Deconstructing Racial Stigma in the Therapeutic Relationship

Deconstructing Racial Stigma in the Therapeutic Relationship

Katrina Y. Billingsley (South University – High Point, USA) and Donté R. Corey (South University – High Point, USA)
Copyright: © 2018 |Pages: 19
DOI: 10.4018/978-1-5225-3808-0.ch001

Abstract

This chapter seeks to deconstruct racial stigma of mental illness held by counselors within the therapeutic relationship. The authors will provide counselors with practical tools that will help them work through their own prejudices, discriminations, and stereotypes about people of color and mental illness. This chapter will provide background information on stigma, specifically racial stigma, the process for incorporating theoretical variation in clinical work, and its importance. Additionally, the authors will explore best practices that will help counselors obtain the knowledge and skills needed to effectively work with a variety of clients who are racially and ethnically diverse.
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Introduction

Unfortunately, stigma is not a new concept. In 1963, Erving Goffman’s book Stigma: Notes on the Management of Spoiled Identity took a look at the stigma of character traits. The stigma of character traits as outlined by Goffman (1963) are the “blemishes of individual character perceived as weak will, domineering, or unnatural passions” possessing “treacherous and rigid beliefs”, and favor “dishonesty”. These characteristics are “being inferred from a known record of, for example, mental disorder, imprisonment, addiction, alcoholism, homosexuality, unemployment, suicidal attempts, and radical political behavior” (p.2). The stigma of mental illness is historically wide spread. Stigma for individuals struggling with mental illness robs them of what is perceived as a “quality life: good job, safe housing, satisfactory health care, and affiliation with a diverse group of people” (Corrigan and Watson, 2002, p. 16). Stigma related to mental illness exists in the workplace, in homes and within families, in the education systems and, most surprisingly, in the practice of therapy. Two types of stigma are prevalent in the literature, public stigma and self-stigma. Public stigma “is the reaction that the general population has to people with mental illness” (Corrigan & Watson, 2002, p. 16). Public stigma includes discrimination, stereotypes and prejudices. Racial stigma emerged in the literature and will be explored to better understand its impact on clients of color in the therapeutic relationship within the United States.

Howarth (2006) references Goffman’s view of stigma as being seen as a way to reduce the whole person to a “tainted, discounted one” (p.442). Racial stigma emerged as spotlighting what happens when stigma is applied to minority groups of people. Racial stigma is recognized in a variety of settings including the media, education and in the field of medicine. The authors suggest that racial stigma is also present in the therapeutic counseling relationship. Racial stigma “reduces the identity and the potential of those seen as raced; they are spoiled or blemished by the racist gaze” (Howarth, 2006, p.442). Howarth (2006) suggests that, “racial others” are individuals with skin that is brown and black who are seen as “less than, different from, unequal to the realizing, normatively white other” (p.442). Howarth (2006) also suggests that “race produces and sustains inequalities and is anchored in histories of prejudice, exclusion and poverty” (p.442). Howarth (2006) further explains that race, as stigma must be understood in order for it to be deconstructed. The authors suggest processing this understanding in order to help counselors become more aware and educated when working with individuals who are different; individuals who are also perceived as being so different that they are not considered normal. Additionally, race as stigma highlights how race reduces one’s identity and potential. Howarth (2006) speaks to the fact that race is institutionalized and has historical implications. It is important to understand the impact and legacy negatively associated with race.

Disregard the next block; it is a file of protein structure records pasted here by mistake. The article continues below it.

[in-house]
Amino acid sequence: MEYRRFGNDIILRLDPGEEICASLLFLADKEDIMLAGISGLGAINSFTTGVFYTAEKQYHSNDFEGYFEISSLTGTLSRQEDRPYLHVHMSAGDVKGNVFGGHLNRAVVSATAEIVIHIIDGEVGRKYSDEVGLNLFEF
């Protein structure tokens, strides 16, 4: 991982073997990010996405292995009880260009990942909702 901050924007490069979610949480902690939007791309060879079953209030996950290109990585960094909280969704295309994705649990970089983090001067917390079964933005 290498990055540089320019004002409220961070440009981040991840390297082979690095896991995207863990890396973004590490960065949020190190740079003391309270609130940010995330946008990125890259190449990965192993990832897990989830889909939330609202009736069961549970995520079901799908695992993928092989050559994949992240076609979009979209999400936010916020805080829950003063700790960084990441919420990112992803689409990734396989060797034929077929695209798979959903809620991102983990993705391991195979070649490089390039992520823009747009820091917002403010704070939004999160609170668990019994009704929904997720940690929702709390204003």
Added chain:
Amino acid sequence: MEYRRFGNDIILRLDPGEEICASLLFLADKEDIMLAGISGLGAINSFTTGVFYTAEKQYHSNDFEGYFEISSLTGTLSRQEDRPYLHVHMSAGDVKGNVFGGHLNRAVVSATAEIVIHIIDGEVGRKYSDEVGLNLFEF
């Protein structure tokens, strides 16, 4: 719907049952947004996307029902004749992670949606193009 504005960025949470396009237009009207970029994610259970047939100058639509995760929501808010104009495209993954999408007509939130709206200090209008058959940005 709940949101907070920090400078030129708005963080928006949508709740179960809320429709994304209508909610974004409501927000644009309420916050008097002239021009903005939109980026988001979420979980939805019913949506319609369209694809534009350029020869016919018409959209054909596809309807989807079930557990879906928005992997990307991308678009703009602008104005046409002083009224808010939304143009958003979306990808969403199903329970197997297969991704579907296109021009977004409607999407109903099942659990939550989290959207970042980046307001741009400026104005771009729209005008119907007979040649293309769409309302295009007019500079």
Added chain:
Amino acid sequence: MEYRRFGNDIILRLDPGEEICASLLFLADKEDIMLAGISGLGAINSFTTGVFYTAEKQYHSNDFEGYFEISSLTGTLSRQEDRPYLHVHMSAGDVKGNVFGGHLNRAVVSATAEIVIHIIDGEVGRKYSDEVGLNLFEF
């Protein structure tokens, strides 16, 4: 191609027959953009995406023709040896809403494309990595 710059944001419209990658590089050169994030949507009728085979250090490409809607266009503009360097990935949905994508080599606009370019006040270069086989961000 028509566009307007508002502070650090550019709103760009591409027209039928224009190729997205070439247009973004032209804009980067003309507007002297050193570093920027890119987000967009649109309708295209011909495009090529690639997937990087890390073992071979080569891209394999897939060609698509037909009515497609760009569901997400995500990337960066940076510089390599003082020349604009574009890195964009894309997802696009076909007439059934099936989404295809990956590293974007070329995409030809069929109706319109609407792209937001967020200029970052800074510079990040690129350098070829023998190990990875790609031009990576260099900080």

Education and awareness are critical to helping counselors engage whole-heartedly and authentically with clients who identify racially and ethnically different from the counselor. It is the intent of this chapter to provide practical ways to help counselors acknowledge and work through their own personal prejudices, discriminatory views and stereotypical behaviors related to racial and ethnic minorities with mental illness. The terms counselor and clinician will be used interchangeably as the terms differ according to therapeutic setting. This chapter highlights the theoretical orientation, Relational-Cultural Theory and will provide therapeutic applications that will help counselors engage clients in a harmless, productive and harmonious way. This chapter is designed to assist current counselors or clinicians in becoming efficient in working with people of color in therapy. In addition, this chapter serves as an additional training guide for counselors-in-training to be utilized in counseling programs.

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